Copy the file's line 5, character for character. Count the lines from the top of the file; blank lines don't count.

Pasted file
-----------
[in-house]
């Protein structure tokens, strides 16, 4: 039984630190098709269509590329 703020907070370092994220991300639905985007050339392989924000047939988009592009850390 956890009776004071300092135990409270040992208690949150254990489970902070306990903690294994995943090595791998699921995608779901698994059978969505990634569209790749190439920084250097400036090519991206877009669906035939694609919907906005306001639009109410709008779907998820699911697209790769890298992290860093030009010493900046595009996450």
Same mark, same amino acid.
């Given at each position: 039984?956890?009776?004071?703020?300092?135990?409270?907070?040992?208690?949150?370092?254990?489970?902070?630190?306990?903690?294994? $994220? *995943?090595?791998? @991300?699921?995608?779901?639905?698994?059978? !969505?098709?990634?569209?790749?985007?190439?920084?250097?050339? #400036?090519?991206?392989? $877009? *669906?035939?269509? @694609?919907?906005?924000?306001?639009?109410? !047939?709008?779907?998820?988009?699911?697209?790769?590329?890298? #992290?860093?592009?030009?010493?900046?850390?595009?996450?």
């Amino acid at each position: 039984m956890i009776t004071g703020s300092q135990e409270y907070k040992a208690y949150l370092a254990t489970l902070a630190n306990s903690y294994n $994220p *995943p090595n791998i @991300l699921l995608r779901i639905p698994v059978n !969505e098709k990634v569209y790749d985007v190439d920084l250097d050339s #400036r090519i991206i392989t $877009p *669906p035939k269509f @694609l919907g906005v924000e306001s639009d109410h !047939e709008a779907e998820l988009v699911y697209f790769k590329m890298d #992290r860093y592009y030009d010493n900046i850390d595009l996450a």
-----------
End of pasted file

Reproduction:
């Amino acid at each position: 039984m956890i009776t004071g703020s300092q135990e409270y907070k040992a208690y949150l370092a254990t489970l902070a630190n306990s903690y294994n $994220p *995943p090595n791998i @991300l699921l995608r779901i639905p698994v059978n !969505e098709k990634v569209y790749d985007v190439d920084l250097d050339s #400036r090519i991206i392989t $877009p *669906p035939k269509f @694609l919907g906005v924000e306001s639009d109410h !047939e709008a779907e998820l988009v699911y697209f790769k590329m890298d #992290r860093y592009y030009d010493n900046i850390d595009l996450a």